...For Jones, though, this campaign began more as an opportunity to spread the Democratic message to the farthest reaches of Alabama than an attempt to turn Alabama blue. “We’ve got to get back into areas where we’ve been traditionally losing races and we’ve got to start narrowing the gap,” he told The Intercept. “For our campaign, our goal is to reach as many people as we can.”

But “narrowing the gap” in Alabama is a big ask.

Since 2014, Democrats have retained control in just eight of the state’s 35 Senate districts. While these districts comprise less than half the state’s population, they include a whopping 94.3 percent of Alabama’s black population and just a quarter of the state’s much large white population.

That means Doug’s gap exists somewhere among that vast majority of white Alabamians who live outside Democratic districts and voted overwhelmingly for Trump last fall. The problem is, these are the very voters Alabama Democrats have done precious little to court in recent years.

The chair of the Alabama Democratic Party, Worley, seems resigned to the party’s fate.

“You need to look at the demographics in North Alabama,” she said. “I don’t have to tell you that there’s a huge racial divide in the state of Alabama, along with the whole south. I mean, LBJ predicted that when he signed the Civil Rights legislation, you know, that he was crossing out the south.”

During the last legislative election cycle in 2014, in Worley’s second year as chair, Democrats lost seven seats in the state legislature, and didn’t even bother to field a candidate against Republican incumbents in another 58 districts.

Instead of attempting to compete, Worley’s strategy has been to stay put. Democrats now only have four legislative districts in North Alabama, for example, where they once had a majority of seats. The Democratic retreat to Birmingham and Black Belt is a microcosm of the national Democratic retrenchment on the coasts and in cities. More than a decade after former DNC Chair Howard Dean launched his 50-state strategy, the party is effectively nonexistent in many parts of the country. That makes capitalizing on an opportunity like the one Moore presents that much more difficult.

One of those remaining North Alabama Democrats is Rep. Craig Ford, the former minority leader in the state House. He has just two words for Worley and her fellow Democratic leaders who have given up on white Alabamians. “Party leadership,” he said. “I’m tellin’ ya man, I can’t tell ya enough: Party leadership is everything.”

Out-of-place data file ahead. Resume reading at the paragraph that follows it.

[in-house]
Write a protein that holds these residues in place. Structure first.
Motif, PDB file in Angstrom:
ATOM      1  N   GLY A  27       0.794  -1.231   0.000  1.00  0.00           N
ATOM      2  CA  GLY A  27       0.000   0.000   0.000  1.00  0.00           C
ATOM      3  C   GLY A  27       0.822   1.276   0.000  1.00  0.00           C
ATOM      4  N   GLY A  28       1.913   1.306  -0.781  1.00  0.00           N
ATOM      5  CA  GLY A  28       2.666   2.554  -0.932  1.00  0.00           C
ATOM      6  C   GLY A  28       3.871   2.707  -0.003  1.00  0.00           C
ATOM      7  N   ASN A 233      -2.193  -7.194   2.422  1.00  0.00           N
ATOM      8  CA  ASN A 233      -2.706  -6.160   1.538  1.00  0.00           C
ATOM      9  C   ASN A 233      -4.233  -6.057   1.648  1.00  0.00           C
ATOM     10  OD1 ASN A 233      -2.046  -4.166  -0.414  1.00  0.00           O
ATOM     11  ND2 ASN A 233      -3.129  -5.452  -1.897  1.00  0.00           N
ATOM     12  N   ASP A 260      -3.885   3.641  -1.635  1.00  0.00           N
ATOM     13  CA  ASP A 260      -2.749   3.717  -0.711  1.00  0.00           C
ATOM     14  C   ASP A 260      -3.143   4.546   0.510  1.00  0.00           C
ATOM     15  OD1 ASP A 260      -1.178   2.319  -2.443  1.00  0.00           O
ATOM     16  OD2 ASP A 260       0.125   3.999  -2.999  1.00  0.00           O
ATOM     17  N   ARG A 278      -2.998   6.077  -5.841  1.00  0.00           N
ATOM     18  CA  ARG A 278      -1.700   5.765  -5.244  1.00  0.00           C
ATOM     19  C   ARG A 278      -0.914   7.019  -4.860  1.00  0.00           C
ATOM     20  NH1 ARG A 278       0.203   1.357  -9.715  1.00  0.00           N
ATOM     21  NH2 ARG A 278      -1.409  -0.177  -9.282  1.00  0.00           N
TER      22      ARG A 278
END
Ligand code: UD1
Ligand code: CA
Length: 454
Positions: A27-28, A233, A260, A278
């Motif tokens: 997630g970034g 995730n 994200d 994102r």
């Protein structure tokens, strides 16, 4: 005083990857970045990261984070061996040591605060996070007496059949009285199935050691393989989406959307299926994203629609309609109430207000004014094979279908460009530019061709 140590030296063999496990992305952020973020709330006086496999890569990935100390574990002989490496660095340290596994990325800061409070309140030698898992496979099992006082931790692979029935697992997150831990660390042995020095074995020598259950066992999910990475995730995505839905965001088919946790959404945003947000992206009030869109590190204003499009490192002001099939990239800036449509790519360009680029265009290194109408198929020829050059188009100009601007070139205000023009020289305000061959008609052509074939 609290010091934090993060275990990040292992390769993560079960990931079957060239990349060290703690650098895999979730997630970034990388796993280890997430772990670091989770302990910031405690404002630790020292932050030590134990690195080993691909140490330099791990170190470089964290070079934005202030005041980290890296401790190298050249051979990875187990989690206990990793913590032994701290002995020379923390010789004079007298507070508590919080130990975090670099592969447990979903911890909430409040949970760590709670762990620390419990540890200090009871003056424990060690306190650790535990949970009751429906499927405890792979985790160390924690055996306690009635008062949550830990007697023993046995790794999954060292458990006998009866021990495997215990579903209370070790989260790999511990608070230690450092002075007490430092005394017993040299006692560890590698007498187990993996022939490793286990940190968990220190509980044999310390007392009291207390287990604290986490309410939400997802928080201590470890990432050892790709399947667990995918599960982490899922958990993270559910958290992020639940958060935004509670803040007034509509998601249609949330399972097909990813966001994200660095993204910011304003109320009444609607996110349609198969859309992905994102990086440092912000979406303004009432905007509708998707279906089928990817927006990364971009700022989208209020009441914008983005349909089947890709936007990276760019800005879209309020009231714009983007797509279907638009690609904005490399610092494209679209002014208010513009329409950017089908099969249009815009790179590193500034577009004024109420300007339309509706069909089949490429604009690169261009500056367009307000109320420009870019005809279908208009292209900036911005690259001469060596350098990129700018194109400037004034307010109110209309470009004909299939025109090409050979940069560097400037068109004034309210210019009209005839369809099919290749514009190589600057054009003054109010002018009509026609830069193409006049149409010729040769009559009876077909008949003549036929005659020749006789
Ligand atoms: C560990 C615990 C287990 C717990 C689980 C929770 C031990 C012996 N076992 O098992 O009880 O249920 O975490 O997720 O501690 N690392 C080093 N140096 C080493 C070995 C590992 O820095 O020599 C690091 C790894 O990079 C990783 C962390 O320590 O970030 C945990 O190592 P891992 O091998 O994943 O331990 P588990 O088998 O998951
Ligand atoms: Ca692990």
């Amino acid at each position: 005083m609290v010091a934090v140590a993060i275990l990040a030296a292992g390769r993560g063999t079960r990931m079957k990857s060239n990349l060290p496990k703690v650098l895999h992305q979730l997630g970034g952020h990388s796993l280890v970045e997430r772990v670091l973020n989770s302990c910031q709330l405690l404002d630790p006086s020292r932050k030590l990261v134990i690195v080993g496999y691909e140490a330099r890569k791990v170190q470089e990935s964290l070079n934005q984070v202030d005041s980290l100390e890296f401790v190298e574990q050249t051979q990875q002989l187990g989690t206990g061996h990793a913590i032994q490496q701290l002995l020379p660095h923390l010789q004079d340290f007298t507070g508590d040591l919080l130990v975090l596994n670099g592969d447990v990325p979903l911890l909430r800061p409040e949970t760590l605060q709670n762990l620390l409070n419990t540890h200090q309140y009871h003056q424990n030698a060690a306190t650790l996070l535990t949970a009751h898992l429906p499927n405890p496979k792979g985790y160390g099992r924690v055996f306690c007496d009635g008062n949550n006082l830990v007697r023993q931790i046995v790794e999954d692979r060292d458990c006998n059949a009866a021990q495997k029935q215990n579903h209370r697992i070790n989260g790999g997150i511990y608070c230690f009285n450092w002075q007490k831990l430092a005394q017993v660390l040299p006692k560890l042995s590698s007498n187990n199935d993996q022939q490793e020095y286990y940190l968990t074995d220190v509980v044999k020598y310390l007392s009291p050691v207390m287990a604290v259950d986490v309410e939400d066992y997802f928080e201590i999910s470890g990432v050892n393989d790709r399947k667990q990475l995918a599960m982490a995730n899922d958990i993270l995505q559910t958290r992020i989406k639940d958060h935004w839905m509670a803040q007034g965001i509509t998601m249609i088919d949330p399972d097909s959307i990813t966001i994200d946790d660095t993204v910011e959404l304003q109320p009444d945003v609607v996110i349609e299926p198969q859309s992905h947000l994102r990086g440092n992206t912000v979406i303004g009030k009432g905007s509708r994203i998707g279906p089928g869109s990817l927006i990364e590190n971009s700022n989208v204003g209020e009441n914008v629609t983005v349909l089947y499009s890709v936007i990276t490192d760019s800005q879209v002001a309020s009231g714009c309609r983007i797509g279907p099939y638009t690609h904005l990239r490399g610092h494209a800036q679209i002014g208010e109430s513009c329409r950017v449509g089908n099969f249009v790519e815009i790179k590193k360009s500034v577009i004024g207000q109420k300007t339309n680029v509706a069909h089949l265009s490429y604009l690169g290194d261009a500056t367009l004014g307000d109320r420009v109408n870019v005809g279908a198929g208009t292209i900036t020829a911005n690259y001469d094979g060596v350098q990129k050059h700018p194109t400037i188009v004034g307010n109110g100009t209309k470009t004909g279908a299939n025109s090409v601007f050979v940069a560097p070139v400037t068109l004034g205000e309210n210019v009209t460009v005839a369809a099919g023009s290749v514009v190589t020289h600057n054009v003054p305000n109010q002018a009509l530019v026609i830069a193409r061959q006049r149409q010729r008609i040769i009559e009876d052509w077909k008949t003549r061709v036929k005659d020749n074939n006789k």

Craig blames the leadership in the party that “made it all about race” and failed to tailor their message to a changing state. He also blames Worley, by name, for not encouraging Democrats to compete outside Birmingham and the Black Belt.

Doug agrees that the party is in shambles, though he refuses to go after Worley and the leadership. He traces things back to 2010, when the Democrats lost majorities in both houses of the state legislature for the first time since Reconstruction, ushering in seven years of complete Republican control.

“When folks started losing their base, their offices, people didn’t know how to respond,” he said. “They didn’t know how to be a two-party state so instead of gelling around a cohesive party theme-- not that it’s check the box, check the box, check the box, but general themes of Democratic party politics-- they tried to outmaneuver Republicans to the right and you can’t do that. And so they continued to lose races, and then you get demoralized.”

Up until this point, Democrats have “never really had a party,” Jones continued. Instead, it was a coalition of politicians in a one-party state who called themselves Democrats for political necessity.

“I think if we can get those candidates out there, we will end up with a party structure,” Jones concluded, optimistically. “The rest will kind of fall into place.”

Ford is even more optimistic. With the right party leadership and the right candidates, he thinks Alabama’s Senate seat could turn blue.

“A Democrat could win that U.S. Senate seat,” he said, though he clarifies himself with the help of a friend. “Somebody besides a Republican could win that race.”

UPDATE: Sometimes I Get Crazy Email

This one, very badly formatted by someone who is unfamiliar with how to work online, came from Roy Moore's campaign:

"Being within 10 points or less, (Strange's supporters) may pour another $3 million to $5 million into the runoff. There will be a negative onslaught on Roy Moore that he's never seen before."
-- Alabama Veteran Political Analyst Steve Flowers